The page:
Ecosystem Disturbances – Wildland Fire
Ecosystem disturbance modeling and emission estimation produces spatially-explicit forecasts of fire patterns, and the resulting greenhouse gas emissions for U.S biomes. At the heart of the approach is a series of statistical and process-based models, coded in C++, that simulate processes of fire ignition, spread, and emissions. Patterns of historic ignitions are characterized using logistic regressions that relate ignition location to daily fuel moisture conditions, as well as, vegetation type and urban extent. These ignition models are used to determine when and where ignitions are located under stable or changing climate scenarios. Once ignitions are located, the area burned is determined by allowing each ignition to spread using the minimum travel time algorithm. After fire spread is complete, emissions are calculated using the FOFEM and CONSUME models.

Vegetation, fuels, daily weather, and fuel moisture data are critical to disturbance simulations. Vegetation and fuels data are provided by the LANDFIRE project. The daily weather data we use have 12 km spatial resolution and span from 1950 to 2010. For future climate-change scenarios, we randomly resample annual sequences of historic daily weather and rescale them to match the monthly means provided by downscaled climate-change forecasts. Fuel moistures and fire behavior indices are calculated for both historic and forecast daily weather using the National Fire Danger Rating System and then used as predictor variables for ignition locations, fire spread, and fire emissions.

Future Scenarios and land use modeling
To study potential changes in land use, land cover and land management in the future United States, USGS has incorporated probable scenarios as defined by the Intergovernmental Panel on Climate Change (IPCC) in its fourth and fifth assessment reports (AR4 and AR5), which lists major driving forces of future emissions, including changes in demographic, technological and economic developments. To be able to incorporate these scenario assumptions into ongoing research and to produce nationally and regionally unique future potential land use and land cover scenarios, data on historical land-cover change from USGS and information derived from a global integrated assessment model are used in conjunction with expert analysis to 1) downscale scenario narrative storylines to national and sub-national scales, and 2) develop quantitative regional projections of LULC change for major land-use sectors of the conterminous United States. Results of this process are a set of quantitative future scenarios for specific land use and land cover classes, unique at both national and regional scales.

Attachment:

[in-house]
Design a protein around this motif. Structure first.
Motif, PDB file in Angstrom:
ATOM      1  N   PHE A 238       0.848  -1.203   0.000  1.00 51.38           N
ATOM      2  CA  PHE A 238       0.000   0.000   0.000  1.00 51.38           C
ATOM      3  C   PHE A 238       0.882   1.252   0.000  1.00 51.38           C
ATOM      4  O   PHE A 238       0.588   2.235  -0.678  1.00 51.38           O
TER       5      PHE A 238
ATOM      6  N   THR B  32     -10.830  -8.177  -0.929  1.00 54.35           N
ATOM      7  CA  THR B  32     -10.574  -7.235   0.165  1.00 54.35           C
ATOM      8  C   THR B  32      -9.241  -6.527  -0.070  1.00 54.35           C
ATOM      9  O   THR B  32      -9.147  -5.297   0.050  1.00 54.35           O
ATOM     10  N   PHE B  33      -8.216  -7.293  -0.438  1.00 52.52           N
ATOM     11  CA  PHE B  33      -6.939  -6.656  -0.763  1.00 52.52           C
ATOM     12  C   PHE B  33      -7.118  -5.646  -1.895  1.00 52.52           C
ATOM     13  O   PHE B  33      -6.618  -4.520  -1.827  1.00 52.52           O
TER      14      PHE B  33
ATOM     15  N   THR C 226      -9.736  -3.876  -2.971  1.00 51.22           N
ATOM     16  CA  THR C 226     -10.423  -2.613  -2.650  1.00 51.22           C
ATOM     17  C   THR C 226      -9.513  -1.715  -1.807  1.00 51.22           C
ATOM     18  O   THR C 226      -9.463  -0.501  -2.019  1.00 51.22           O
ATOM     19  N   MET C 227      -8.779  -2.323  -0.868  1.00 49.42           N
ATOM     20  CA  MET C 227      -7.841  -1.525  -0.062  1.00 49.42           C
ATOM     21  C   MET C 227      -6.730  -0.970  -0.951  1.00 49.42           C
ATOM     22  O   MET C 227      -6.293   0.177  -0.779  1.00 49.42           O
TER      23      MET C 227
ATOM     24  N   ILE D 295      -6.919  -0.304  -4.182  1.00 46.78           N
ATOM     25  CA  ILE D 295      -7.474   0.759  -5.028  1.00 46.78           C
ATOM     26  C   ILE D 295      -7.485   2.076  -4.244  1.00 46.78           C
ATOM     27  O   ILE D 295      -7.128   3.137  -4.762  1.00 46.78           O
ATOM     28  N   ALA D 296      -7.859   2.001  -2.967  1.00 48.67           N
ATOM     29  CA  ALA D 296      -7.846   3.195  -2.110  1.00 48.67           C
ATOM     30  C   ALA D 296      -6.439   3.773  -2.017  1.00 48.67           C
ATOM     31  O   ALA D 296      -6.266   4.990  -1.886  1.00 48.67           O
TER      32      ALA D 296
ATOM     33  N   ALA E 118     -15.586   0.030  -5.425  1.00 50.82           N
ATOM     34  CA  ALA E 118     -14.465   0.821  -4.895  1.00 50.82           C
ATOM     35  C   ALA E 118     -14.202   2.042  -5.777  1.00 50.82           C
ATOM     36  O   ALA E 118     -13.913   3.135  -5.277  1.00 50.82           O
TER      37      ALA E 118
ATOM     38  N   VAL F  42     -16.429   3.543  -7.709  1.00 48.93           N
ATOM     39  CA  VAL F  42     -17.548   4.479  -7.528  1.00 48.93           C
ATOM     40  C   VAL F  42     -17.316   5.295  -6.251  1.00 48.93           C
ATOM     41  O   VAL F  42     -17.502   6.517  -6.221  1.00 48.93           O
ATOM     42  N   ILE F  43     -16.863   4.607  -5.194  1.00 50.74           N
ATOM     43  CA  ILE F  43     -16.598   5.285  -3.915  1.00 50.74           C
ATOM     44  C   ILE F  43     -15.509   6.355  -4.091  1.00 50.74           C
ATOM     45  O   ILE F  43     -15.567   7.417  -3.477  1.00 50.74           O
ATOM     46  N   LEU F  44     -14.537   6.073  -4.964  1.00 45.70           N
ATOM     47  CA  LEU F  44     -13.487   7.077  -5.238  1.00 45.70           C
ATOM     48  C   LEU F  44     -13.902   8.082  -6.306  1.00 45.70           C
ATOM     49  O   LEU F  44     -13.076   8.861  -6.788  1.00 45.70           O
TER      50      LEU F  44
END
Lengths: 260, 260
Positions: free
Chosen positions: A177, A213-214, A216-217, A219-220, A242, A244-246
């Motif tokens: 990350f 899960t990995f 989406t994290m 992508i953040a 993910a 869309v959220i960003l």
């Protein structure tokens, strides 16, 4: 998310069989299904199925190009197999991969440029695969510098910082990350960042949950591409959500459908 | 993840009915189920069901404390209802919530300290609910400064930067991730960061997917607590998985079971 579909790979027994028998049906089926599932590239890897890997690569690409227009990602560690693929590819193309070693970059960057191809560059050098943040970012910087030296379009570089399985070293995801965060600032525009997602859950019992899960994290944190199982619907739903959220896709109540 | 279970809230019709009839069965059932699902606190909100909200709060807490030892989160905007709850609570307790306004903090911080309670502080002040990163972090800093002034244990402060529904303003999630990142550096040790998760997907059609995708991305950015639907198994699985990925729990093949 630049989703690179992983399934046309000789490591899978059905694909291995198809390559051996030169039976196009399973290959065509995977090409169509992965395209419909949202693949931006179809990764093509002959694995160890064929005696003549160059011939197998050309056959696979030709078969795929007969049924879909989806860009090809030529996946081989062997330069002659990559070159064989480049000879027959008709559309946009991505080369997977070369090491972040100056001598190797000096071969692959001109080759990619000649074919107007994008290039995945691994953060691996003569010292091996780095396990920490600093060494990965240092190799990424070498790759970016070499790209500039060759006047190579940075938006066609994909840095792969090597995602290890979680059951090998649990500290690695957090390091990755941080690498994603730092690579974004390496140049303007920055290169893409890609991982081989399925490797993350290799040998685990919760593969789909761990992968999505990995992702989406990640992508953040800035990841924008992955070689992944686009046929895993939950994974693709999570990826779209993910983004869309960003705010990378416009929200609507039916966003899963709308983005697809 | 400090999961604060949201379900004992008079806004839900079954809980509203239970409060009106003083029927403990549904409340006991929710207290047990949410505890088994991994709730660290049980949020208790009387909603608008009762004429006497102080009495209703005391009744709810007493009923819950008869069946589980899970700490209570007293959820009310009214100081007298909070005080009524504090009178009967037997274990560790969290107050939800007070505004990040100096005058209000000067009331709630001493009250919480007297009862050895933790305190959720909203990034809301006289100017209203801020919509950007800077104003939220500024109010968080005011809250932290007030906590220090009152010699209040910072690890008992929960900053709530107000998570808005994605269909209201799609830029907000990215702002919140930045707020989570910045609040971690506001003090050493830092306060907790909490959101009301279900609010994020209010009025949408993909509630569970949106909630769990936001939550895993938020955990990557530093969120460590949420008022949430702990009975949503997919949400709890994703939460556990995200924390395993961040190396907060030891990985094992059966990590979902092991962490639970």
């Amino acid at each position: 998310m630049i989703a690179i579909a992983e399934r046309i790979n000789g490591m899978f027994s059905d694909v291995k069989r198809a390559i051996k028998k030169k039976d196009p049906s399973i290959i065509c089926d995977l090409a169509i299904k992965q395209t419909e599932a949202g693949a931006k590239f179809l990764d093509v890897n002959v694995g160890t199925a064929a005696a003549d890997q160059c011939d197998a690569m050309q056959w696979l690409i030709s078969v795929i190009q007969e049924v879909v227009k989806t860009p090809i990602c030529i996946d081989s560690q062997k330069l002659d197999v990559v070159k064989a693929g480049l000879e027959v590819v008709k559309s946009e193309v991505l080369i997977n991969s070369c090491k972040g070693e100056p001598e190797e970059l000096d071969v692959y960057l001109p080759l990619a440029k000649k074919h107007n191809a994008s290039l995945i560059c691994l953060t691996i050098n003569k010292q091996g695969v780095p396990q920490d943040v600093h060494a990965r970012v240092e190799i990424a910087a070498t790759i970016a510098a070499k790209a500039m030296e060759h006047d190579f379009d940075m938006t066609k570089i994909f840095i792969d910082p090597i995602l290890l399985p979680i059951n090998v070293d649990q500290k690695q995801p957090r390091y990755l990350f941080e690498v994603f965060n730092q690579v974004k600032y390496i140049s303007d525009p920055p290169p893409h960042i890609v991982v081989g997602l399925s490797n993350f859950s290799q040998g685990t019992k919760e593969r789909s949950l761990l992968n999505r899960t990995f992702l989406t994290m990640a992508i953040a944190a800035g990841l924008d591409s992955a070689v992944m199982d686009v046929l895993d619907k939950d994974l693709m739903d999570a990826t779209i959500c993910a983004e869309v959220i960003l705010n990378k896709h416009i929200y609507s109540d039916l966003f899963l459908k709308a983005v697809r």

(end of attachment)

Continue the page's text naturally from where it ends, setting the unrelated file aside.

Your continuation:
There are large uncertainties in how land and climate systems will evolve and interact to shape future ecosystem carbon dynamics. To address this uncertainty, we developed the Land-Use and Carbon Scenario Simulator (LUCAS) to track changes in land use, land cover, land management, and disturbance, and their impact on ecosystem carbon storage and flux. The LUCAS model combines a state-and-transition simulation model (STSM) for modeling land-change with a stock and flow model for modeling carbon dynamics, within a scenario-based framework. These two models were developed in conjunction within the ST-SIM modeling environment to provide a complete package for testing a range of future scenarios of land-use change and their impacts on carbon dynamics. Land-use change scenarios developed from the Intergovernmental Panel on Climate Change's (IPCC) Special Report on Emission Scenarios (SRES), and Representative Concentration Pathways (RCPs), as well as scenarios developed from historical land-use change datasets that include a range of mitigation and adaptation policies can be applied in the model.